Why not "just" get a mum for the role?

This sentence and the word “just” has always irritated me.

Over the past few months I have interviewed many mums who have taken career breaks and I can tell you these they are ambitious, resourceful, talented and motivated women with career aspirations, they are so much more than “just” mums.

They are women getting on and doing it all. In a system that isn’t designed to support women who have had a career break.

Most arrived at their situation as their partners had greater earning potential. As one lady explains “that is why I took the hit on all the other elements, it seemed logical at the time.”

Many originally went back to work after having children, but became burnt out or an unsustainable family environment drove the exit. “I was catching up with my husband at the airport him flying in, me flying out and a nanny at home. Something had to give, so I went part time to make it work”.

The women I spoke to covered all industries from professionals, teachers, psychologists, retail, self-employed, others paving the way as single parents and all of them trying to make it work with the options available.

All the women have at least one Bachelor degree, many have multiple. They have worked for at least 12+ years and have reached senior roles within their fields. Many have volunteered both professionally and in the community. All of them want to work in roles that will challenge them and utilise their skills.

Their journey’s to re-establish their careers have been plagued with knock backs, dead ends, no reply’s and dealing with self-worth “when the nanny gets paid more than you, you sometimes wonder if it’s all worth it”. Yet the perseverance of these women to push forward is remarkable.

Balancing life as a primary carer adds further challenges to returning and as many commented “It feel like I am always on, I carry the mental load whether I am working or not”. The amount of co-ordination, problem solving and effort spent to get to an interview or press send on an application becomes a feat within itself.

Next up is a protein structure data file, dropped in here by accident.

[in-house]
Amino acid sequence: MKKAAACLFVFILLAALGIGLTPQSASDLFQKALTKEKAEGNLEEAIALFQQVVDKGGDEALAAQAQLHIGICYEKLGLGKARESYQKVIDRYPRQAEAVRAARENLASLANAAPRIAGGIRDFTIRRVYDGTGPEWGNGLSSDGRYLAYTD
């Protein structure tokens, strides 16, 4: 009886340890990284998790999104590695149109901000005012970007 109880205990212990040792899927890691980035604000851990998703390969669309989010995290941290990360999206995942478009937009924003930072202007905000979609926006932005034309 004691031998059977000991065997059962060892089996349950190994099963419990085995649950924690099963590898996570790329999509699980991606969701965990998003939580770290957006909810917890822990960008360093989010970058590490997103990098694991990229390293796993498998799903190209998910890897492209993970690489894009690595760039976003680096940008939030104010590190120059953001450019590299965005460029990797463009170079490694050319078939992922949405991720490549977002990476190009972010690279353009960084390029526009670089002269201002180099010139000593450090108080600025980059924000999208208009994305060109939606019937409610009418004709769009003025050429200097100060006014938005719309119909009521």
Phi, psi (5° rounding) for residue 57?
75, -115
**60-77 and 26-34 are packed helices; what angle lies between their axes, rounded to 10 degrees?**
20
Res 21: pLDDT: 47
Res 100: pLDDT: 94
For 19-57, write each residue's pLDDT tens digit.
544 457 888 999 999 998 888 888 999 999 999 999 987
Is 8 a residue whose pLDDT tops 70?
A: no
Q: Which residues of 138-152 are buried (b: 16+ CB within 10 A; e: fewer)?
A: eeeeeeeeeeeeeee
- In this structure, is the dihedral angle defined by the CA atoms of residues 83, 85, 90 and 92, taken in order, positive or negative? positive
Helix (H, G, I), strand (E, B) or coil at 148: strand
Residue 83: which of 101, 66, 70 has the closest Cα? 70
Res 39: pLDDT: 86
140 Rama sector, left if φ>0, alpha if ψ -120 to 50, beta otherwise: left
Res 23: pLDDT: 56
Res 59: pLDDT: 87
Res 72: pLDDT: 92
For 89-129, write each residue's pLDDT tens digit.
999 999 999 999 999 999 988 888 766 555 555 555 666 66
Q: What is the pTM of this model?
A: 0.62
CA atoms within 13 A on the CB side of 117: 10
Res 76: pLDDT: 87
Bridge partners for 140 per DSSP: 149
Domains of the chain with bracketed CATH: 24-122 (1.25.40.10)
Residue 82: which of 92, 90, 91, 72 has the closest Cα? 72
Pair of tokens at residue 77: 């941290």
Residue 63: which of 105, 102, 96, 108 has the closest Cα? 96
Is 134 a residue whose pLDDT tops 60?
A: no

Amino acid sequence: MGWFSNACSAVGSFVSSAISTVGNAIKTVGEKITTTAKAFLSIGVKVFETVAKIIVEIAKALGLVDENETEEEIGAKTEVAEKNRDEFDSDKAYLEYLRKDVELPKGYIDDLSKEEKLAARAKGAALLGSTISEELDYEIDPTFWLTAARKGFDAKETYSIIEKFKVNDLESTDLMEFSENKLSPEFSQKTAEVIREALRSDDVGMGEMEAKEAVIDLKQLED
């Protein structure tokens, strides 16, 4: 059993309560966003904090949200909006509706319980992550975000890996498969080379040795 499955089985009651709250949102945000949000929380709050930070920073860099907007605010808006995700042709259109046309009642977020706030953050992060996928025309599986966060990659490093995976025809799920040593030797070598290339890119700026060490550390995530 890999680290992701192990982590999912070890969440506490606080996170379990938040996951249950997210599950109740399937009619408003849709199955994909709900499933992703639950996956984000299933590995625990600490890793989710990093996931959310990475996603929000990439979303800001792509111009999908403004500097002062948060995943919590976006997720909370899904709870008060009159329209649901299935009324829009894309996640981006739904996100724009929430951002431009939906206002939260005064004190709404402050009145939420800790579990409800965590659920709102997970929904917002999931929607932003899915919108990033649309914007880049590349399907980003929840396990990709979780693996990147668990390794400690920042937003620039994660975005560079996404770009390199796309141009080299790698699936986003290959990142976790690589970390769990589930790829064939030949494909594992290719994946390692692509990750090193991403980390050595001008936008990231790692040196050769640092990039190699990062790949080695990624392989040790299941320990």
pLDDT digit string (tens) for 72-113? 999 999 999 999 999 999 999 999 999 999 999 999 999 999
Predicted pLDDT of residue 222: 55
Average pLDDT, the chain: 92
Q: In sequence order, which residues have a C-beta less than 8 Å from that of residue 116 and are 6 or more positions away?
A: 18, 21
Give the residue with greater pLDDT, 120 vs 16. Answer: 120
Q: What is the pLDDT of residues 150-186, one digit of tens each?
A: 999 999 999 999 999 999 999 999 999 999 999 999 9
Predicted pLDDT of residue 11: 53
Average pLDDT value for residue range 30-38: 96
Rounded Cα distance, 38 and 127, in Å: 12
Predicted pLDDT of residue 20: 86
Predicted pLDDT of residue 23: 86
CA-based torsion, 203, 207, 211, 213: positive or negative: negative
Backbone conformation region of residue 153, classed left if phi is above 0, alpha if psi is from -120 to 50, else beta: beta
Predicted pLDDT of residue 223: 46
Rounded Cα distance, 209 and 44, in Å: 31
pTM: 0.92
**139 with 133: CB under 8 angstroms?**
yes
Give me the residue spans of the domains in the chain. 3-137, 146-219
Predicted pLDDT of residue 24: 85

Every story I heard showed amazing resourcefulness and their ability to adapt to change and re-invent themselves - across home, work and their industries was not always an easy proposition. As one women explains “I managed 500 people and had large responsibilities, when returning I couldn’t find a flexible role at my level. I still wanted to be challenged, so I got another degree, I have started at the bottom again, but aim to gain flexibility through building my own business eventually.”

What I have heard is women working against a system and trying desperately to make it work with the opportunities available and in spite of the barriers. The women I spoke to are inspirational. They represent the daily struggle of so many women across Australia, but they also represent extraordinary perseverance and depth of talent. I strongly believe we have a system that is failing these women. It’s not deliberate, but I think when it comes to recruiting, diversity, talent management or leadership strategies - this group is invisible.

I am surprised businesses aren’t looking for people with empathy, growth mindsets, problem solving skills and adaptability or perhaps just a mum!

Michelle Ayyuce